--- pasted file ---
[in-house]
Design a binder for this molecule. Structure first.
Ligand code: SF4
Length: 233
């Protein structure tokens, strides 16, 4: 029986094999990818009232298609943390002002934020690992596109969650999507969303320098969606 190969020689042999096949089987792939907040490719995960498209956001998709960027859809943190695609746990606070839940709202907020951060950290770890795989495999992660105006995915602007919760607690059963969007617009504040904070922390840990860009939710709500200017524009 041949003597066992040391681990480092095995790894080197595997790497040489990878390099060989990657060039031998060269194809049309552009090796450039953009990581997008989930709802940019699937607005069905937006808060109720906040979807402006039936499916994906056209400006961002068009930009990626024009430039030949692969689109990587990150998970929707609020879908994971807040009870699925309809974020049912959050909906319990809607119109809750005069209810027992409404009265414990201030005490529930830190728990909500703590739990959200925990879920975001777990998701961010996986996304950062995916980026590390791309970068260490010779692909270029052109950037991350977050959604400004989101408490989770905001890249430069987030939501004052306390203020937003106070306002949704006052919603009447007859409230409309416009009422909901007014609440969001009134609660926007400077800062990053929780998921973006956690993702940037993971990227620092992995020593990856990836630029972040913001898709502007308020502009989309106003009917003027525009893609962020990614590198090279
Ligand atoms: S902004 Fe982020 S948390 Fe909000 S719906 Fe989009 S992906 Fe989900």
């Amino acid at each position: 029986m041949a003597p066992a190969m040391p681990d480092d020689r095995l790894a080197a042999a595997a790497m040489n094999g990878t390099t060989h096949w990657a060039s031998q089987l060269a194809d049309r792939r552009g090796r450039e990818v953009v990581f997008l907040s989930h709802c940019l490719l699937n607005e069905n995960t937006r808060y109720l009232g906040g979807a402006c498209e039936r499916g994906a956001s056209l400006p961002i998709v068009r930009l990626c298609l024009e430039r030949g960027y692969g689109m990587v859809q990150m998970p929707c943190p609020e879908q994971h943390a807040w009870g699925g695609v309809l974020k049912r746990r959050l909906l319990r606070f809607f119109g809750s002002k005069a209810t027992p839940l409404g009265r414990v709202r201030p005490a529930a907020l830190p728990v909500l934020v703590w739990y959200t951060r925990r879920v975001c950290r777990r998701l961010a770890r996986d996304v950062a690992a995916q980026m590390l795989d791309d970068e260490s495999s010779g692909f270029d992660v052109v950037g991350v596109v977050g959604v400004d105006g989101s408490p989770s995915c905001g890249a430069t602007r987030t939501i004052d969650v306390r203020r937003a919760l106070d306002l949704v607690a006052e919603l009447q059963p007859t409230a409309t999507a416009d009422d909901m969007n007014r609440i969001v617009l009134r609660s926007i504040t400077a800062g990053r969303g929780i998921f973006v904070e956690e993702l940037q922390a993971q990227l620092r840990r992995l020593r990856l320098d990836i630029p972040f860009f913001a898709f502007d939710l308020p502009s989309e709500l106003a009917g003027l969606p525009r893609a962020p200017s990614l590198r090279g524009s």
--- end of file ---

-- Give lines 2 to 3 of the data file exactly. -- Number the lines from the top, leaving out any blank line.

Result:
Design a binder for this molecule. Structure first.
Ligand code: SF4